The proposed Pak-China Economic Corridor can substantially stimulate economic development internally and can also integrate Pakistan in the processes of socio economic development on regional and international level. It can be a game changer for encouraging more foreign investment in a country that has been up until recently shunned by international investors on the basis of its uncertain future. The bold Chinese initiative can change the minds of the other investors and can generate a healthy competition leading to a win-win situation for all sides. It goes without saying that the proposed economic corridor and other initiatives are also of immense strategic significance for China herself in boosting her access to regional and international markets and raw materials as a rising world power.
All this sounds very good. But if historical experience is any thing to go by peace and stability are prerequisites for sustainable socio economic development everywhere. It not only saves precious financial resources for investment in development but also keeps safe whatever is built in economic development from getting destroyed in the armed conflict. Now this is some thing not available to Pakistan on at least three levels. First this is a fact that people of Pakistan, their armed forces and security personnel have valiantly fought and given heroic sacrifices in war on terror. But unfortunately it is also a fact that Pakistan as a state and society has so far failed to consistently fight and decisively eliminate terror in the country. After the Peshawar tragedy on December 16, 2014 some positive changes were recorded. For example, unlike the past practice when some of the major parties disowned war on terror and even stood for appeasement of terrorism, almost all the political parties came around for the first time to recognize the fact that ‘yes this is our war’. Similarly all arms of the state made public pronouncements to the effect that no distinction will be made between “good” and “bad” Taliban in future and all terrorists will equally face wrath of the state. It was also made clear that proscribed organization will not be allowed to function under other names. Apart from expressing a resolve to take on terrorists of all hues, long-term reforms were also promised. Hence the nationally approved twenty points National Action Plan (NAP), some initial actions and the hope that after long last Pakistan has risen to decisively defeat terrorism… but as usual the crackdown cracked up before it could effectively crackdown. The interior ministry is not any more in the driving seat and the effective implementation of NAP is not visible. The proscribed organizations are at times more active than legally registered bodies in taking out processions and the “good Taliban” are still enjoying generosity of the state. Suicide attacks are taking place as the factories producing the suicide bombers are still in production. Operation Zarb-e-Azb has destroyed important terror infrastructure in FATA but terror ideologues and masterminds particularly in the Punjab feel safe. The murder of innocent Ismailis in Karachi on May 13 has demonstrated the capacity of terrorists to hit soft targets and melt away. The law that was to punish those who would take up arms against the state using the name of religion or sect has yet to show its teeth. Consequently hate speech is rampant. All this hardly constitutes a conducive atmosphere for development. Remember the Reconstruction Opportunity Zones (ROZs) promised by US that evaporated in thin air!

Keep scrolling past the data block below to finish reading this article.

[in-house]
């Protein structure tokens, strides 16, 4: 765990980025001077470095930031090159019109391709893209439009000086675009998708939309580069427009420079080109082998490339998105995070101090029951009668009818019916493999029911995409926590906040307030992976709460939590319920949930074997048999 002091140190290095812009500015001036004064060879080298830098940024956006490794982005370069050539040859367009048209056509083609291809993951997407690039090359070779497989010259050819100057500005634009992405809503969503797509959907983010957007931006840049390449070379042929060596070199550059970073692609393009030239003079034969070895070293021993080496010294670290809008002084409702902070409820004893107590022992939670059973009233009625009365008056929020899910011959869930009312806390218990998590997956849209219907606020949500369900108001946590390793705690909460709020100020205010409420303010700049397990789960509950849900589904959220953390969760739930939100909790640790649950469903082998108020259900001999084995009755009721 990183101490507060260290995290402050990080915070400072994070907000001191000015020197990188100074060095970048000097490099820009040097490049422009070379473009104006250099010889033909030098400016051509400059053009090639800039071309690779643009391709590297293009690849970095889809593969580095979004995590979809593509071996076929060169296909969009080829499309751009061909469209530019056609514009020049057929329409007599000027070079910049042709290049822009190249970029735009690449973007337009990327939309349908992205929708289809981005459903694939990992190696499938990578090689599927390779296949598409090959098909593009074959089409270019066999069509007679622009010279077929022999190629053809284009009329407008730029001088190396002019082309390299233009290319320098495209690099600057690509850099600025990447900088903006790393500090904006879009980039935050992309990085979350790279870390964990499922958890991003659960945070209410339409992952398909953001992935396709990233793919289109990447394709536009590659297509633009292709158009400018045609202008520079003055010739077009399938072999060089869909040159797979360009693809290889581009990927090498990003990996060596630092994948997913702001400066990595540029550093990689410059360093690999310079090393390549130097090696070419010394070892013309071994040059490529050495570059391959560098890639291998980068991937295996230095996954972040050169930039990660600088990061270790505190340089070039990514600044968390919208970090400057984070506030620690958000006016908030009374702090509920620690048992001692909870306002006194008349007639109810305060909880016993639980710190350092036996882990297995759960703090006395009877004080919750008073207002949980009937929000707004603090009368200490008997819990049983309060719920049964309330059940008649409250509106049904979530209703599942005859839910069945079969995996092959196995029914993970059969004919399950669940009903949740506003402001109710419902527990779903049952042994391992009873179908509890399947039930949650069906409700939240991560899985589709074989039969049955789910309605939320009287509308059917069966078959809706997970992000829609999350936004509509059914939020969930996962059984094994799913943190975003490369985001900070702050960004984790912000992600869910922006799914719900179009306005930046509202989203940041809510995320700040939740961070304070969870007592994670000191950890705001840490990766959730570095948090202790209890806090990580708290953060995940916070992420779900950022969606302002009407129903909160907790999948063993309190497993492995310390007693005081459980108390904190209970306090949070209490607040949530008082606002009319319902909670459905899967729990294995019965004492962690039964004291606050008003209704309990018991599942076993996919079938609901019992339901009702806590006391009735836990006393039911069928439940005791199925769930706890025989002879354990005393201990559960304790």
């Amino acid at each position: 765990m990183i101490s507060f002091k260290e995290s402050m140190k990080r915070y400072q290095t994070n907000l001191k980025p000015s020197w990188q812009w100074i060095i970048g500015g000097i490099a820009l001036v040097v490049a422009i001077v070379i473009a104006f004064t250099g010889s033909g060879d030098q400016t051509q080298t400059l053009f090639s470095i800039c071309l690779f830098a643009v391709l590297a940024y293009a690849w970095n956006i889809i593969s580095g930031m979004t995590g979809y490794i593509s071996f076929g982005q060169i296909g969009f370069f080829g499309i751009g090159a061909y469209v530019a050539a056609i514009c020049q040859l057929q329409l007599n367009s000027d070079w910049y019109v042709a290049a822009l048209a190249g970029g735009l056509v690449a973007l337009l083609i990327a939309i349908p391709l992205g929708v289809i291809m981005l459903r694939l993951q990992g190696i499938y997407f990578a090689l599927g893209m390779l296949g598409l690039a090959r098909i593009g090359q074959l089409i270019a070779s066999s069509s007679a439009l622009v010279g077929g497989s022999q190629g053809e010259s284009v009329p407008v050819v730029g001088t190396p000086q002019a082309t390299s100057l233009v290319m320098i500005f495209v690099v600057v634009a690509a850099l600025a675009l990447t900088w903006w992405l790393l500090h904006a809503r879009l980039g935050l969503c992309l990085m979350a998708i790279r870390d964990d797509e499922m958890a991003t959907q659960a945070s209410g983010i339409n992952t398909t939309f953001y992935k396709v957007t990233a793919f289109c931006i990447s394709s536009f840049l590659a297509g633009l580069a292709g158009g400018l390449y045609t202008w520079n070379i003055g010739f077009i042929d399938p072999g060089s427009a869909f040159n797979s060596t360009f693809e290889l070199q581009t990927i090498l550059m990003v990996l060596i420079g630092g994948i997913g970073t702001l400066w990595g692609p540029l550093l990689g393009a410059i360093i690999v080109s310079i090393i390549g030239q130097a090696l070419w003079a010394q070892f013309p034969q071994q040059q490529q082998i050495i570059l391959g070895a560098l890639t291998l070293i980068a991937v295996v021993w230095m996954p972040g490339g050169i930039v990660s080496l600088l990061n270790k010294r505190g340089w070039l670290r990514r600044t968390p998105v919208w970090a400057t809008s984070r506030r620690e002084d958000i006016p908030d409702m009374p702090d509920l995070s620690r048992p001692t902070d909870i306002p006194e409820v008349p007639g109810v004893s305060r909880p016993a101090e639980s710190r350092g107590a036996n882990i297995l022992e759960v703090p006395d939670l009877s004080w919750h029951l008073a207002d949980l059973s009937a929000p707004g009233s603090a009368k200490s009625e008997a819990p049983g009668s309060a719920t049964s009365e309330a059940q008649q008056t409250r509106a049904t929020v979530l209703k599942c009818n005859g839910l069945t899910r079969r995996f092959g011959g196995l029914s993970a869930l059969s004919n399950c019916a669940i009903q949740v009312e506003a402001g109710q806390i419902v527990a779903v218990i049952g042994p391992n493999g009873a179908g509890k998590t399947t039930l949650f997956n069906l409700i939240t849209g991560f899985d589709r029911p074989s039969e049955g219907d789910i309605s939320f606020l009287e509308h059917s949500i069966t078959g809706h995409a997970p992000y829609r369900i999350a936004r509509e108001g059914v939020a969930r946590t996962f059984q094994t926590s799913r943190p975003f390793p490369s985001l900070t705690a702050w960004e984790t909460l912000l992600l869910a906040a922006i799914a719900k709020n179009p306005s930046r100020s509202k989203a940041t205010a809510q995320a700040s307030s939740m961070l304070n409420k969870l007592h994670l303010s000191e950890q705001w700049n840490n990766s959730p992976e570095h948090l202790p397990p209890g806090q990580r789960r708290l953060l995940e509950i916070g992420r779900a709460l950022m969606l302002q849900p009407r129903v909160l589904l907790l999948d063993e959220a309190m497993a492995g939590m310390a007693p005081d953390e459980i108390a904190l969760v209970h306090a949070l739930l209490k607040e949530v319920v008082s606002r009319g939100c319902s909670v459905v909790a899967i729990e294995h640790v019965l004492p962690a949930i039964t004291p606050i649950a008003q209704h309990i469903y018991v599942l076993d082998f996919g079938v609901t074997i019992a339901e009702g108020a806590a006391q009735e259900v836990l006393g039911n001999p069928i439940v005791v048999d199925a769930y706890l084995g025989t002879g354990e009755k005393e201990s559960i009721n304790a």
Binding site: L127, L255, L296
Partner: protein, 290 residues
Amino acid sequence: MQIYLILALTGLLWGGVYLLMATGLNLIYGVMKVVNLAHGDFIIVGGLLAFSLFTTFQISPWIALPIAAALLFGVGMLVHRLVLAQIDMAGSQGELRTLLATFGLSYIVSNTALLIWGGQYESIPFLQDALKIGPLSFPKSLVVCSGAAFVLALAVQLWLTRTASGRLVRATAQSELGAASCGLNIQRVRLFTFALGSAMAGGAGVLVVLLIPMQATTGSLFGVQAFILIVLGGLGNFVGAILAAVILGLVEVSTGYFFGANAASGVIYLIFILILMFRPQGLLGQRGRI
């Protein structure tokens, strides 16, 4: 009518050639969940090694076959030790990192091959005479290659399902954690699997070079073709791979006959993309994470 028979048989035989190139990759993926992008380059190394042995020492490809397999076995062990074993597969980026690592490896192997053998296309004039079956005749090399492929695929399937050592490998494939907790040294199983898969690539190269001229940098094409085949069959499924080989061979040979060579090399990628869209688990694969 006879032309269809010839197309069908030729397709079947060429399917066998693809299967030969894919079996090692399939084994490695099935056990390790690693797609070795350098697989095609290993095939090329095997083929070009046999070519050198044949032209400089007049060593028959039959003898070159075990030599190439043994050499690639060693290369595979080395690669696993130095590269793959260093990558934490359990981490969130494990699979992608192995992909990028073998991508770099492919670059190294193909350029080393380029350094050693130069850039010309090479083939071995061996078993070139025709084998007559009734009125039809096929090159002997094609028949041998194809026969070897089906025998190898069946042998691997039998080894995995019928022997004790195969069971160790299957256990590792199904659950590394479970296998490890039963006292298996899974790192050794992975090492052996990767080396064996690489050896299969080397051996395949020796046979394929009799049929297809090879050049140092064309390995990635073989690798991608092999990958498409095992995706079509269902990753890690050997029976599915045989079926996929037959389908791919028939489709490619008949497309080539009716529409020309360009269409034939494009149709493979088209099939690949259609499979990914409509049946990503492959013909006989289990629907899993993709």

Second, Pakistan has yet to improve her relationship with the neighbors to an extent where it can concentrate its resources solely on economic development, as we can’t live in isolation. It is true that the neighbors also have some responsibility in improving mutual relationship but we have to critically review our own foreign policy particularly where it becomes hostage to “non-state” actors.
Finally regional cooperation is of decisive significance for development, but unfortunately South Asia is lagging behind in this regard. The Cold War and its zero sum games are over. Europe, East Asia and the American continent are good examples. Islands of development are not viable even in the case of big powers. It’s a historical requirement and we have to be rational and overcome some of our biases. We can learn from China if not from Europe in starting trade with neighboring countries pending the resolution of disputes.
The writer is a retired Senator and an analyst of regional affairs.